My suggestion to Smith would be to change the sentence to something like (I italicize what is changed): “The rules of justice are accurate in the highest degree, and admit of no exceptions but such as might be necessary in only extreme and unusual circumstances and which, indeed, flow from the very same principles with them.” (Notice here, by the way, that I have also dropped “modifications,” which differs from “exceptions” in ways that in the sentence exacerbate confusion.)
Item 3. Smith writes: “The first sense of the word [that is, justice] coincides with what Aristotle and the Schoolmen call commutative justice, and with what Grotius calls the justitia expletrix, which consists in abstaining from what is another’s, and in doing voluntarily whatever we can with propriety be forced to do” (269.10). I have two issues here. Is it true that both Aristotle and “the Schoolmen” called something “commutative justice” and, more importantly, if they did (and Aquinas’s Latin makes it reasonable to maintain that he did), did that correspond to what Smith means by commutative justice? I am doubtful that Aquinas’s “commutative justice” corresponds neatly to Smith’s, so I would suggest that Smith pause over that matter.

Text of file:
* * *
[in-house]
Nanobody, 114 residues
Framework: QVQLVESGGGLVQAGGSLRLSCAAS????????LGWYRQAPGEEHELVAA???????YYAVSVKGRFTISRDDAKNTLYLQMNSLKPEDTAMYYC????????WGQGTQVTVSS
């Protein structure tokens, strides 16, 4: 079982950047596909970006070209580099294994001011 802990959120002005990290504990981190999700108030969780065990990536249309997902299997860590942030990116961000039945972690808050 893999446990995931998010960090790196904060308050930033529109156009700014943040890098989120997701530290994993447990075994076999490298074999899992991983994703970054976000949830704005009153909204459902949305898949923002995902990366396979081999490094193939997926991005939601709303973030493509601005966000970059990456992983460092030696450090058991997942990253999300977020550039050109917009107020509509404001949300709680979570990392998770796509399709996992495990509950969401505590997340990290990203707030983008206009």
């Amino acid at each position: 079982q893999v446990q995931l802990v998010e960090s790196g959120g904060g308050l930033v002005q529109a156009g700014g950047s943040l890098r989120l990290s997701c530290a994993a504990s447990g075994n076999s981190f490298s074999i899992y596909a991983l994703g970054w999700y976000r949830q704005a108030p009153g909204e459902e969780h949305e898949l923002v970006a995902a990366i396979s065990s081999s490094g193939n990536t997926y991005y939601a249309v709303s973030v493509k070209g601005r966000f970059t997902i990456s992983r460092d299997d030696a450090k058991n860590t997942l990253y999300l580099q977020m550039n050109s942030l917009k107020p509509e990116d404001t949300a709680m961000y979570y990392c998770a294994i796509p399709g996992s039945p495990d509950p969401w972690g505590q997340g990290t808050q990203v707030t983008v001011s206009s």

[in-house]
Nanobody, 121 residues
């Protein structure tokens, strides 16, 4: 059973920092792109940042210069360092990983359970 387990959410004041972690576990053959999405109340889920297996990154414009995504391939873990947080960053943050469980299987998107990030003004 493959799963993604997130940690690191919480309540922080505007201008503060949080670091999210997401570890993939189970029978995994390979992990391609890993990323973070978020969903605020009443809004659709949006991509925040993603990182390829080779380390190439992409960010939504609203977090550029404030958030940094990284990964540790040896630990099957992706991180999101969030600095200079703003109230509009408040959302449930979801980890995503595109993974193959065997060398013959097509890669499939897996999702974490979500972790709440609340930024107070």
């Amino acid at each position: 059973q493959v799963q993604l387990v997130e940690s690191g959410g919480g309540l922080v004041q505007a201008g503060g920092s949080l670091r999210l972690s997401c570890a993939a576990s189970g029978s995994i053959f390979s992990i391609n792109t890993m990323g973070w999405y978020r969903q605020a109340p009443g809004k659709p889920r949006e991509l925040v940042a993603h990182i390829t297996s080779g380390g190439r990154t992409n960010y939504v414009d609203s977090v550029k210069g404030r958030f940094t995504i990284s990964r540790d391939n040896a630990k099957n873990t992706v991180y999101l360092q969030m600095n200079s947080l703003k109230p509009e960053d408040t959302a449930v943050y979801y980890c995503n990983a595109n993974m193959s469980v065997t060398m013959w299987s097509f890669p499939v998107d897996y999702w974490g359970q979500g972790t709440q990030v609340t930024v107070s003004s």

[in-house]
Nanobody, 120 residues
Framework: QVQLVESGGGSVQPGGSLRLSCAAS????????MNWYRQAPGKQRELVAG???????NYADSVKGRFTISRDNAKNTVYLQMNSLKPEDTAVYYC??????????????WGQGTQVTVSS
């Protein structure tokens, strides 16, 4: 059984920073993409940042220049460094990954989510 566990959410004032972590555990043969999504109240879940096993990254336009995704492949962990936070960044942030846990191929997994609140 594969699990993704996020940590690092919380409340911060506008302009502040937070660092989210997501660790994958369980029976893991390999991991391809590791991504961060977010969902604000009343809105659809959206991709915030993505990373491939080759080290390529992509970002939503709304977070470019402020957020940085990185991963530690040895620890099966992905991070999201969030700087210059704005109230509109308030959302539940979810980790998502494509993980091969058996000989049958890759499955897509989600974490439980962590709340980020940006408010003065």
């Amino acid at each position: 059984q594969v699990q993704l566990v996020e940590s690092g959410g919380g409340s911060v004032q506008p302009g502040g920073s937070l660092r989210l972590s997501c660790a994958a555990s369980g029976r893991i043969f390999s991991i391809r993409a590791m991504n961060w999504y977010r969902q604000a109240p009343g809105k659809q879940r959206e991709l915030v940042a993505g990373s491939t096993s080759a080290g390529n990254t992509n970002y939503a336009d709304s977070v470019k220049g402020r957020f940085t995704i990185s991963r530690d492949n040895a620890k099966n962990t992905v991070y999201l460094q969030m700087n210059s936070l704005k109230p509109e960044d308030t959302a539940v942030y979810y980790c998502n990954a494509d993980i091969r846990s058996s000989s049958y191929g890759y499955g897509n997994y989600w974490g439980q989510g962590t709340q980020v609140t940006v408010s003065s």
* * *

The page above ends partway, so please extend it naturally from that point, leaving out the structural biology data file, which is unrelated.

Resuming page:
Second, Smith says that his commutative justice “consists in abstaining from what is another’s, and in doing voluntarily whatever we can with propriety be forced to do.” I think that is basically fine, provided that we are focused on equal-equal jural relations, and the paragraph is, I think, focused upon such. But troubles would arise if the reader extends the sentence to superior-inferior jural relations. I suggest that Smith add “accordingly” (that is, according to the precept of abstaining from what is another’s) to make the ending: “whatever we can with propriety accordingly be forced to do.” That avoids the hazard of stretching commutative justice to include obedience to any governmental law that can with propriety be enforced.
Item 4. In my exposition of Smith’s tri-layered justice, I have denominated the third sense of justice, which he says is “still more extensive than either of the former” (270.10), estimative justice, which is estimating objects properly (and hence acting accordingly). Smith writes: “In this last sense, what is called justice means the same thing with exact and perfect propriety of conduct” (270.10). But, to my mind, the phrasing “means the same thing with” mildly suggests that when it comes to less-than-perfect conduct the notion of estimative justice becomes inapplicable. I would suggest that he reword to: “In this last sense, perfect justice implies exact and perfect propriety of conduct.”